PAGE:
On August 22, 2009, 50,000 men and women gathered in Bamako, the capitol, to march against the proposed law. Carrying banners with slogans like “No to this law that divides the people of Mali,”  “Let women remain women, and men remain men,” and “Western civilization is a sin,” the crowd marched to the largest stadium in Bamako, where they rallied with religious leaders who led them in praise for God. Hadja Safiato Dembele and the National Union of Muslim Women's Associations publicly endorsed the rally on behalf of all Muslim women, making statements to the press intimating that any women in favor of increased rights was betraying her husband and destroying the Muslim family. Though there isn’t detailed documentation, similar demonstrations occurred across the country.

At the conclusion of the day of mass demonstrations, leading imams and Muslim scholars issued a statement warning that the proposed law “violates several articles of faith, teachings of the Koran and traditional values of the Malian people”. They also proclaimed a religious boycott against all government officials and non-governmental organizations, denying them access to marriages, baptisms, or prayer services, calling them “traitors to Allah”. Given that the vast majority of Malian governmental officials are Muslims and religiously required to pray 5 times a day, denying them access to their places of worship was a very effective tactic.

In addition to the boycott, Malian imams announced that in the event that Toure signed the law, the mosques would begin issuing their own marriage licenses, bypassing the civil government entirely.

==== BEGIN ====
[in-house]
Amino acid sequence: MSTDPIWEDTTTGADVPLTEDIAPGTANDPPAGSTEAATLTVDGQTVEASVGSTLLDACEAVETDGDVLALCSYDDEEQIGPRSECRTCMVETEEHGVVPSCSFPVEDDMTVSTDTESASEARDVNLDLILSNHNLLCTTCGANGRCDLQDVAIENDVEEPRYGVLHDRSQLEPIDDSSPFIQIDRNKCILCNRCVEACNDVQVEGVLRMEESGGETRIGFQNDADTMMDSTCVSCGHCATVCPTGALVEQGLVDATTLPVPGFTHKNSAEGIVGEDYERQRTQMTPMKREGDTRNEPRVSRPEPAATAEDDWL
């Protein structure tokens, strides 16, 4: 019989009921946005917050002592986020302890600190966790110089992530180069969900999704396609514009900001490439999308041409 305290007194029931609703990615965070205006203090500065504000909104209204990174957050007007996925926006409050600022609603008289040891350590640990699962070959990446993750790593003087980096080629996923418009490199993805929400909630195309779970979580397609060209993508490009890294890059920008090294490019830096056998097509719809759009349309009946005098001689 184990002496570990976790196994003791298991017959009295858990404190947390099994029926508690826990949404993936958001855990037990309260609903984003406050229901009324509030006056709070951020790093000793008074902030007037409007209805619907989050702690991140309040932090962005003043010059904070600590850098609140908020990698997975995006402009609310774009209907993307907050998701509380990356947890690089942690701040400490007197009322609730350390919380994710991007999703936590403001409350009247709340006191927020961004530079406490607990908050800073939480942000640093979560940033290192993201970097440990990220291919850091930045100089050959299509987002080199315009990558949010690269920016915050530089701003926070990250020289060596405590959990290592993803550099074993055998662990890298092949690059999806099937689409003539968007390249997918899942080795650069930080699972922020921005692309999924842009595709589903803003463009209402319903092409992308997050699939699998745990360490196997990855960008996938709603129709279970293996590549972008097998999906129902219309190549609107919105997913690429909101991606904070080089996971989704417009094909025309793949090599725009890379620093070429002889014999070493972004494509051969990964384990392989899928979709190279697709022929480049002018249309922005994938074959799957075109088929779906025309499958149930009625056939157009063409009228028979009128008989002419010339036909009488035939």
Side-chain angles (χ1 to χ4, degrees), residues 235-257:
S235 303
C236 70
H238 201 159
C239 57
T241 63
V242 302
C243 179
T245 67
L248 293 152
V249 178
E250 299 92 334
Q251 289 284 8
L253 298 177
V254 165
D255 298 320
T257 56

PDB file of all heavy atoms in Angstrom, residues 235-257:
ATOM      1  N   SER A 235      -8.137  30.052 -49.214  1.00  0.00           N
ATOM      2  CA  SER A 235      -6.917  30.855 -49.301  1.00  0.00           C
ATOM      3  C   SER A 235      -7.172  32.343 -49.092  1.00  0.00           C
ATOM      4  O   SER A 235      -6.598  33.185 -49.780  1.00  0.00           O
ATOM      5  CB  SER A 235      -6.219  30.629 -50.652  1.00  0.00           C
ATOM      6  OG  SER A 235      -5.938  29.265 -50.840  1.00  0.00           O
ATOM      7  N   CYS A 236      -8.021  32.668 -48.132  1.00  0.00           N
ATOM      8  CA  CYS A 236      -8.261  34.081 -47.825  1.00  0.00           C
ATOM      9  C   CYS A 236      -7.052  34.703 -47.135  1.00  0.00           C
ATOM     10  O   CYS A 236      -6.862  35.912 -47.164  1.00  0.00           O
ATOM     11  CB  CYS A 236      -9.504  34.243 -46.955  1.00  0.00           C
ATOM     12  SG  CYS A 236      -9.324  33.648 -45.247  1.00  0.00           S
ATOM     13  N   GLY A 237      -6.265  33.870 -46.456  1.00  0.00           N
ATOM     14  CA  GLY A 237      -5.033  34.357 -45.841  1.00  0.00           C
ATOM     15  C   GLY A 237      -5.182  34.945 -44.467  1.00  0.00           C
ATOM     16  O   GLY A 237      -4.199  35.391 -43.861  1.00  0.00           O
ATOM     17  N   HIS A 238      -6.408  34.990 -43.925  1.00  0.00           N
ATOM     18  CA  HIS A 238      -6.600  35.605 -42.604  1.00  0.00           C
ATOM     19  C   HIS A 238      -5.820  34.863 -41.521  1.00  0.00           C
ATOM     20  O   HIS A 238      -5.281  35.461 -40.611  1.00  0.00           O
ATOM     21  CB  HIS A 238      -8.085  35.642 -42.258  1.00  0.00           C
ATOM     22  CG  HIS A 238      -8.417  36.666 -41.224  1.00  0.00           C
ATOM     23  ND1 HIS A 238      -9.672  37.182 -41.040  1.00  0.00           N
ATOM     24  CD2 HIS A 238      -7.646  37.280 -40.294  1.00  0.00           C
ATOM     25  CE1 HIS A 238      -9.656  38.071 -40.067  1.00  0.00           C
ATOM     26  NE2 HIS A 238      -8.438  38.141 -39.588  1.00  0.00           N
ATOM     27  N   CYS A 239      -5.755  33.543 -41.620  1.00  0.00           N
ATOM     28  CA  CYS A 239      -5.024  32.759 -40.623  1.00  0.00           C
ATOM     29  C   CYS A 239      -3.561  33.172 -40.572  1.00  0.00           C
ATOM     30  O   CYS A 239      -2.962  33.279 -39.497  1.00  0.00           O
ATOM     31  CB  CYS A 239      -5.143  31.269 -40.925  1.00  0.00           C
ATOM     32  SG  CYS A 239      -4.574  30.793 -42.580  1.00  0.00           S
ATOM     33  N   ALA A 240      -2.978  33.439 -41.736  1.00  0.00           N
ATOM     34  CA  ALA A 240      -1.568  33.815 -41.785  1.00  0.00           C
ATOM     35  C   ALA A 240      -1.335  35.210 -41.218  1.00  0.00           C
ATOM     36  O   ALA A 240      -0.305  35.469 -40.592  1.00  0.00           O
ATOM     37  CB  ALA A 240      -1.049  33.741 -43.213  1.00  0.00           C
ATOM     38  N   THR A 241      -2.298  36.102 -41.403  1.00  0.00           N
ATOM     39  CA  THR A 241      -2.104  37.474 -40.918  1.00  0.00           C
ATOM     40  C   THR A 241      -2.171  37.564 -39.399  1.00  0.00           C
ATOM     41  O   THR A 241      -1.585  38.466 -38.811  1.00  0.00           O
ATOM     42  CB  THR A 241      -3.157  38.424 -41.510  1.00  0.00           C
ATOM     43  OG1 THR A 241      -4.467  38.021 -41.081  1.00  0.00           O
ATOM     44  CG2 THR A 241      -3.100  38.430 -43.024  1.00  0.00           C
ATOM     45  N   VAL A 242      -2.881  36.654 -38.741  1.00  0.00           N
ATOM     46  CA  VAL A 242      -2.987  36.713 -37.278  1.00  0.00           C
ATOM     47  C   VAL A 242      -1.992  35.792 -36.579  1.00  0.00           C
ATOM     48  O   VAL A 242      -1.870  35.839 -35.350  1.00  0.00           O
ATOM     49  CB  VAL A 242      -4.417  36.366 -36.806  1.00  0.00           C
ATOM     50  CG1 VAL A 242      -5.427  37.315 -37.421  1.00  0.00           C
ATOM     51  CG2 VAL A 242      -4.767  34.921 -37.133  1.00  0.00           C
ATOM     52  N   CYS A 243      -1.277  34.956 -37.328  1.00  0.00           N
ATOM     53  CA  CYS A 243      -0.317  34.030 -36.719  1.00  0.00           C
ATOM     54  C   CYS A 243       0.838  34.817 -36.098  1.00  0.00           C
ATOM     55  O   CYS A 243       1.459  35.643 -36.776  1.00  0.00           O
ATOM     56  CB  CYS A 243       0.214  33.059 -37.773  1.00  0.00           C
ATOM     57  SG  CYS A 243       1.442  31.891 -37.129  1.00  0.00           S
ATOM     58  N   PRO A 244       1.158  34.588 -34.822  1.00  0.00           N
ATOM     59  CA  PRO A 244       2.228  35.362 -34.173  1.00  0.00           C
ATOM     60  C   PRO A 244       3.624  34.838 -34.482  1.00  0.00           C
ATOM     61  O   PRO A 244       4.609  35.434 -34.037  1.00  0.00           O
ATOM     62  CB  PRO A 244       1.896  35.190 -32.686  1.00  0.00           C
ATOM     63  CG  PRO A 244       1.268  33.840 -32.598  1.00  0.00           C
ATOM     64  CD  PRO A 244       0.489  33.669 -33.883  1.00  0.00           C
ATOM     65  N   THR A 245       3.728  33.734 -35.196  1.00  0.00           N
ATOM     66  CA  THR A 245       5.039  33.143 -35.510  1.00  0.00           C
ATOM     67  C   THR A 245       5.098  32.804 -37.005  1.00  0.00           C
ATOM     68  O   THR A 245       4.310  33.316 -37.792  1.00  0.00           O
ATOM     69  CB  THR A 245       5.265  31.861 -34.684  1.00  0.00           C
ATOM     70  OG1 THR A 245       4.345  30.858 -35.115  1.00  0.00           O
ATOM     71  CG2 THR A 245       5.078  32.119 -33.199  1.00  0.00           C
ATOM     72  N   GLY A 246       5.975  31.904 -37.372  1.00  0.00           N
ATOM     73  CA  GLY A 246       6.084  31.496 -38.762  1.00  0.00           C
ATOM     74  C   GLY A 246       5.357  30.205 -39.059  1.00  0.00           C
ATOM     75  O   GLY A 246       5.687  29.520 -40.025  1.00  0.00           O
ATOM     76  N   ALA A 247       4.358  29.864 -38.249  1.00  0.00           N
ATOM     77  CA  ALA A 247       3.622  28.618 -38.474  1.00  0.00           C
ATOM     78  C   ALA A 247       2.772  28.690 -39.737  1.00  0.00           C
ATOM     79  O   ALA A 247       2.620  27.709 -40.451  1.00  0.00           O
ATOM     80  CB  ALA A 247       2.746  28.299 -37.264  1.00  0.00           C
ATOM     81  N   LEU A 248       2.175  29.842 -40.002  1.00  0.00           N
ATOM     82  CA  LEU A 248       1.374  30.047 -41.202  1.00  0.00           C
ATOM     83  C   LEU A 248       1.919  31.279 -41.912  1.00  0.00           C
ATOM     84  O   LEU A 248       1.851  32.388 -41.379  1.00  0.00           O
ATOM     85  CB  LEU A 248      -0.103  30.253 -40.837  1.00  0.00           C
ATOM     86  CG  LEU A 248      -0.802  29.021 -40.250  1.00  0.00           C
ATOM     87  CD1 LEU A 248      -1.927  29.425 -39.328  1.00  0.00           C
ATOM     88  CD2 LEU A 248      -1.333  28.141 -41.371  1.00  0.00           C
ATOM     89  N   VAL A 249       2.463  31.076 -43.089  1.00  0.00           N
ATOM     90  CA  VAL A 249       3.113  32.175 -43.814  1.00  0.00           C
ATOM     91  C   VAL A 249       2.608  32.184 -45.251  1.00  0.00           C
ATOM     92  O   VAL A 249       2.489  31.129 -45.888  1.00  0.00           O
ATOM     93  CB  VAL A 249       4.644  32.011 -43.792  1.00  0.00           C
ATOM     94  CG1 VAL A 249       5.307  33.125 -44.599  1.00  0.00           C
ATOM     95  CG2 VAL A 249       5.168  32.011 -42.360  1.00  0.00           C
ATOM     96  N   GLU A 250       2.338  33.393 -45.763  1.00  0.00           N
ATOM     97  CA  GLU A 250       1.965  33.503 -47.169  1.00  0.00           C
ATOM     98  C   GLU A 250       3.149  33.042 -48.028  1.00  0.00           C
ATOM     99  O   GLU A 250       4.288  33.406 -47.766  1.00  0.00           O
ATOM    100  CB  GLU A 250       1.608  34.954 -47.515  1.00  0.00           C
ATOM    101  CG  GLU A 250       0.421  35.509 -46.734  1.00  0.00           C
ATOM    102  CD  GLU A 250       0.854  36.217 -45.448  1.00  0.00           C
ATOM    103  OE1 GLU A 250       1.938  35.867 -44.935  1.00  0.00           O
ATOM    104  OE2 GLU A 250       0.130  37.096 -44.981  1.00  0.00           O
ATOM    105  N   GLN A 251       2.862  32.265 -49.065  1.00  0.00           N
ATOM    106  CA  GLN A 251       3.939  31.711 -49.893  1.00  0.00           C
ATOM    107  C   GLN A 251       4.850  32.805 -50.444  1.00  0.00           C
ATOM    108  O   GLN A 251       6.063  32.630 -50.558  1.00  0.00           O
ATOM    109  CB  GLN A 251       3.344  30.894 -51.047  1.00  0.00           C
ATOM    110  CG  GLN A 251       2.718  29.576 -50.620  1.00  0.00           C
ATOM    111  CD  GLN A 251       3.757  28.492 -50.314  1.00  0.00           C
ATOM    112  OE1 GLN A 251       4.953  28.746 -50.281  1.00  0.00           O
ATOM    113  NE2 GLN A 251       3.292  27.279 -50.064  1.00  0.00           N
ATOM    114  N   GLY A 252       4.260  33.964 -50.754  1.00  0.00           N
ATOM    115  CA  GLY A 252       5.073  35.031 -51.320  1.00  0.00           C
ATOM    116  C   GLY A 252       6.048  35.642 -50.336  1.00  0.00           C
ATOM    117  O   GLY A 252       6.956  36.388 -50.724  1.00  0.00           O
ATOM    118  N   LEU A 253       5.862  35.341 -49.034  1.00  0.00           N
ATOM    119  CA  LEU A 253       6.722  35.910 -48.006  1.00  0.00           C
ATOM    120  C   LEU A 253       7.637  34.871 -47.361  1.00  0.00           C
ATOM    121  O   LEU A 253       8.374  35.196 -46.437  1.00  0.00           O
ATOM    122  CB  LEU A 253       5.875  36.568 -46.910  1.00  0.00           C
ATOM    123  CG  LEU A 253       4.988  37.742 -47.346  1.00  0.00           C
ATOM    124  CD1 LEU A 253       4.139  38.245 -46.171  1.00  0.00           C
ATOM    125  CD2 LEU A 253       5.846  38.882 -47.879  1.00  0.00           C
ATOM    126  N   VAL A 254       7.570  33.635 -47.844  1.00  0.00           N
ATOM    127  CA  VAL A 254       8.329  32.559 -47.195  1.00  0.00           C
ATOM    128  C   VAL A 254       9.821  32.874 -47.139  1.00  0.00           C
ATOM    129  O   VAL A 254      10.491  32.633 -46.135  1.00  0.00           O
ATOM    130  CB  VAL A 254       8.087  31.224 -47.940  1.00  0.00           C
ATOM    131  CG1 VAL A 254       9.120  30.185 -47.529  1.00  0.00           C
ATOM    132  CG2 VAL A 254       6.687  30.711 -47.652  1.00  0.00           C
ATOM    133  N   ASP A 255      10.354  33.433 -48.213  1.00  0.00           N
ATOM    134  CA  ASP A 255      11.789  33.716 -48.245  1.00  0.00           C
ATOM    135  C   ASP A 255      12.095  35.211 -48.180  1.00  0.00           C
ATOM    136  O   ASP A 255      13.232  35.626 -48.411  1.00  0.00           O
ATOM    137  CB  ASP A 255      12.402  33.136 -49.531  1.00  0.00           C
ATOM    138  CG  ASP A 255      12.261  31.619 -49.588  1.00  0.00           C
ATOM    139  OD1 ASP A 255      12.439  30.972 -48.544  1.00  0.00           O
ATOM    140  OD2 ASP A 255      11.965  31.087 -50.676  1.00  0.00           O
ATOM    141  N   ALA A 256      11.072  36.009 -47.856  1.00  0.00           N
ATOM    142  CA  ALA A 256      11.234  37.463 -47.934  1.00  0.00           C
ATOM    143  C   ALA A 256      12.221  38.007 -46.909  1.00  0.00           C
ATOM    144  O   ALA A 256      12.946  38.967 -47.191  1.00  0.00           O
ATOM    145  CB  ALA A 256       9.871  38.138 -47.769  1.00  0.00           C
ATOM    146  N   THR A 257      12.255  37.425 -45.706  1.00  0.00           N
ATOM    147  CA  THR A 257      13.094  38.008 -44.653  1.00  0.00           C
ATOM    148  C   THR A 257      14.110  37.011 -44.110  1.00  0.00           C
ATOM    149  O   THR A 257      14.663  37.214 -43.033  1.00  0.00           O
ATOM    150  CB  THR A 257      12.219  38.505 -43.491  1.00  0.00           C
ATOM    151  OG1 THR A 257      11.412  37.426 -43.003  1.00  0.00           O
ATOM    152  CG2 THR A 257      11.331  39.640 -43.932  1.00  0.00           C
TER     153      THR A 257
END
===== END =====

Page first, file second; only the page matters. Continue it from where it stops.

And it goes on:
On August 27, 2009, President Amadou Toumani Toure announced that despite his desire to sign the bill into law, he would send it back to the legislature for revision due to overwhelming social consensus and his desire to promote national unity. Since then, the bill hasn’t been reconsidered, nor is there any sign of it being resubmitted for signature by the President.


The Malian struggle draws influence from other heavily religious countries such as Jordan, the United Arab Emirates, Nigeria and the Democratic Republic of Congo, and others, that seek to maintain similar limitations on women’s rights and activities. In many countries, limitations exist, though the struggle for them isn’t currently active (1).


Debrabandere, Carine. “Women's rights languish in Mali.” 8 March 2010. Deutsche Welle . 12 December 2010 <,,5323121,00.html>.

“Equal rights for Mali women under attack.” 23 August 2009. Australian Broadcasting Corporation. 12 December 2010 <>.

Howden, Daniel. “Mali president forced to retreat on women's rights law” 28 August 2009. The Independent. 12 December 2010. <>.

“Mali demonstrators protest laws strengthening women's rights.“ 22 August 2009. Agence France Presse. 12 December 2010. <>.

“Mali Imam Living in Fear After Backing Women's Rights.” 2010. Agencia AngolaPress. 12 December 2010. <>.

“Mali leader rethinks women's law.” 28 August 2009. IOL News. 12 December 2010 <>.

“Mali protest against women's law.” 23 August 2009. BBC News. 12 December 2010. <>.

“Malian Muslims reject new family code.” 23 August 2009. Afrique en ligne. 12 December 2010. <>.

Vogl, Martin. “Mali women's rights bill blocked.” 27 August 2009. BBC News. 12 December 2010. <>.

Vogl, Martin. “To love, honour and obey in Mali.” 27 August 2009. BBC News. 12 December 2010. <>.

Additional Notes

The case doesn’t fit easily into any of the case clusters. The nature of the struggle is religious, and the above listing is an approximation at best.

Edited by M.R. (22/05/2011)

Name of researcher, and date dd/mm/yyyy

Hanna King 12/12/2010